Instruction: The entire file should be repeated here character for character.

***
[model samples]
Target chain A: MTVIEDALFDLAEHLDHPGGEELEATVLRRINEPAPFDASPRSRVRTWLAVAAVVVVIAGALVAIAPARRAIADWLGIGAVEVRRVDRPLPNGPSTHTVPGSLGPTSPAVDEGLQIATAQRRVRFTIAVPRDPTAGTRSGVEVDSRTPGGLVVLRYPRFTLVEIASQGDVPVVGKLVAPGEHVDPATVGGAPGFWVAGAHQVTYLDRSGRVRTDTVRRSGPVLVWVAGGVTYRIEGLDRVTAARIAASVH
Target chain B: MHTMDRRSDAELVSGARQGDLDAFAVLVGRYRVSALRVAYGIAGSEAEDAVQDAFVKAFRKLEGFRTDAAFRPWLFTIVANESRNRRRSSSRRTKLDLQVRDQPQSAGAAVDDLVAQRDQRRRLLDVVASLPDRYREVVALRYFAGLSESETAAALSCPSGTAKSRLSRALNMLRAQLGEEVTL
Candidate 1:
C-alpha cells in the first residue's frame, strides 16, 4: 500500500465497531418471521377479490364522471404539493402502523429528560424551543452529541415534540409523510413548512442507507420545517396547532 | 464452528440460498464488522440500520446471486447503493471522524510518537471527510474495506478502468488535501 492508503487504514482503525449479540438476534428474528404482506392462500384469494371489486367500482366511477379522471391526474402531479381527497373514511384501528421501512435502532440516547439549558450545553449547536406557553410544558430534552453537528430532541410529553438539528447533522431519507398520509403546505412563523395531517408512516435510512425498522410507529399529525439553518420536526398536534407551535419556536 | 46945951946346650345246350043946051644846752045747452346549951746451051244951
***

[model samples]
Target chain A: MTVIEDALFDLAEHLDHPGGEELEATVLRRINEPAPFDASPRSRVRTWLAVAAVVVVIAGALVAIAPARRAIADWLGIGAVEVRRVDRPLPNGPSTHTVPGSLGPTSPAVDEGLQIATAQRRVRFTIAVPRDPTAGTRSGVEVDSRTPGGLVVLRYPRFTLVEIASQGDVPVVGKLVAPGEHVDPATVGGAPGFWVAGAHQVTYLDRSGRVRTDTVRRSGPVLVWVAGGVTYRIEGLDRVTAARIAASVH
Target chain B: MHTMDRRSDAELVSGARQGDLDAFAVLVGRYRVSALRVAYGIAGSEAEDAVQDAFVKAFRKLEGFRTDAAFRPWLFTIVANESRNRRRSSSRRTKLDLQVRDQPQSAGAAVDDLVAQRDQRRRLLDVVASLPDRYREVVALRYFAGLSESETAAALSCPSGTAKSRLSRALNMLRAQLGEEVTL
Candidate 1:
C-alpha cells in the first residue's frame, strides 16, 4: 500500500465497531418471521377479490364522471404539493402502523429528560424551543452529541415534540409523510413548512442507507420545517396547532 | 464452528440460498464488522440500520446471486447503493471522524510518537471527510474495506478502468488535501 492508503487504514482503525449479540438476534428474528404482506392462500384469494371489486367500482366511477379522471391526474402531479381527497373514511384501528421501512435502532440516547439549558450545553449547536406557553410544558430534552453537528430532541410529553438539528447533522431519507398520509403546505412563523395531517408512516435510512425498522410507529399529525439553518420536526398536534407551535419556536 | 46945951946346650345246350043946051644846752045747452346549951746451051244951